England Virus Tracing Undercut by 20,000 a Day Not Isolating

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At least 20,000 people a day in England are failing to self-isolate after contact with a coronavirus case despite being told to do so, according to the head of the country’s test-and-trace program.

Dido Harding told members of Parliament about 20% of some 100,000 contacts traced by authorities each day last week were not fully complying with regulations, due to a range of reasons including financial difficulties.

She warned the true number of people failing to self-isolate is likely to be far higher because many people do not come forward for tests in the first place.

Virus Tracker: Global Cases 103.9 Million; Deaths 2.25 Million

“Every person who self-isolates when they’re told to plays their part in breaking the chains of transmission,” Harding said.

Those numbers, which Harding cautioned are based on self-reported surveys rather than tracking data, worry officials because they undermine efforts to halt the spread of disease. Reducing transmission rates, with the knock-on effect of lowering the number of people admitted to hospital, is critical to allow lockdown measures to be lifted.

“It is a huge number of people every day who could be passing on the virus who are not isolating in the way we need them to,” Jeremy Hunt, a former Conservative health secretary, said during the science committee hearing Wednesday. “Thousands of people a day is enough to restart the pandemic.”

Financial Hardship

Along with financial difficulties, Harding also cited not understanding the rules, practical issues of needing to get food or medication and mental health issues as reasons why some people are not self-isolating. Hunt said there is a case for the government making up lost earnings in full during self-isolation, rather than offering a one-time payment of 500 pounds ($682).

Jonathan Ashworth, health spokesman for the main opposition Labour Party, said Harding’s comment “confirms our repeated warnings that without decent sick pay and support we won’t break chains of transmission.”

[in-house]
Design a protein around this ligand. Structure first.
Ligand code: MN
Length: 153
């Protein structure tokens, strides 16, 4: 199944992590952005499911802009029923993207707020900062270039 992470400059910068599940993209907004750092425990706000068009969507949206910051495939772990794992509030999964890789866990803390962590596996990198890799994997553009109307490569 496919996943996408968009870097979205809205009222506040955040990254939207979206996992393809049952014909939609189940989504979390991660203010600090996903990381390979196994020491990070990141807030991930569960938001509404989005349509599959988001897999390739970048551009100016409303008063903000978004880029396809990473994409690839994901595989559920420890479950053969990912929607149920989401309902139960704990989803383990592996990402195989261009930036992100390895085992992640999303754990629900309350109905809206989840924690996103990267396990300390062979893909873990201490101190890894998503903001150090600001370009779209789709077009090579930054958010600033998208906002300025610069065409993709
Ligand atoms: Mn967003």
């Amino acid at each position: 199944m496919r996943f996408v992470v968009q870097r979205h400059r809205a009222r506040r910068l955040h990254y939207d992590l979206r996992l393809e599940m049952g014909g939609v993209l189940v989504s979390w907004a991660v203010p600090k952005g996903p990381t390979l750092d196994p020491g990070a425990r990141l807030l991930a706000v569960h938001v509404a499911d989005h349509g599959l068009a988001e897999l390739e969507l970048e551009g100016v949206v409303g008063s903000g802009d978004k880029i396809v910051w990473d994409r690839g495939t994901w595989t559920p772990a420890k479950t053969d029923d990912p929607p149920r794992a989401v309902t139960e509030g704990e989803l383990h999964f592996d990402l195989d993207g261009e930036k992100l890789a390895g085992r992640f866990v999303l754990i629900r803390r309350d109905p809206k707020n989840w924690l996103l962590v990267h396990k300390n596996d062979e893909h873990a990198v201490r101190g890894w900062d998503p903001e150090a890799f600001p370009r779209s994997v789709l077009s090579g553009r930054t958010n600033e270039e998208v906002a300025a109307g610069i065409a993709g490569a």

Authorities in England this week stepped up testing in eight areas to try to contain the spread of a coronavirus strain first identified in South Africa, as officials worry about the potential emergence of a mutation that could undermine the U.K.’s vaccine rollout. That issue has again put the focus on contact tracing, which has been hampered throughout the pandemic by the volume of cases running though the track-and-trace program.

“Because you have such a high level of infection in the community, even with the data, it’s hard to actually pinpoint where did you get infected,” Harding said. “The lower the infection rates as you come out of lockdown, the easier it is” to fully chart the path of transmission, she said.

Harding said around 2,500 consultants are working on Test and Trace, each paid an average of 1,100 pounds a day. As the system “matured” and “stabilized,” consultants would be gradually replaced by permanent civil servants, she said.

Regular asymptomatic testing will become increasingly important in the coming months as more people are vaccinated, she added. “We will see a higher proportion of asymptomatic cases than symptomatic cases,” she said.

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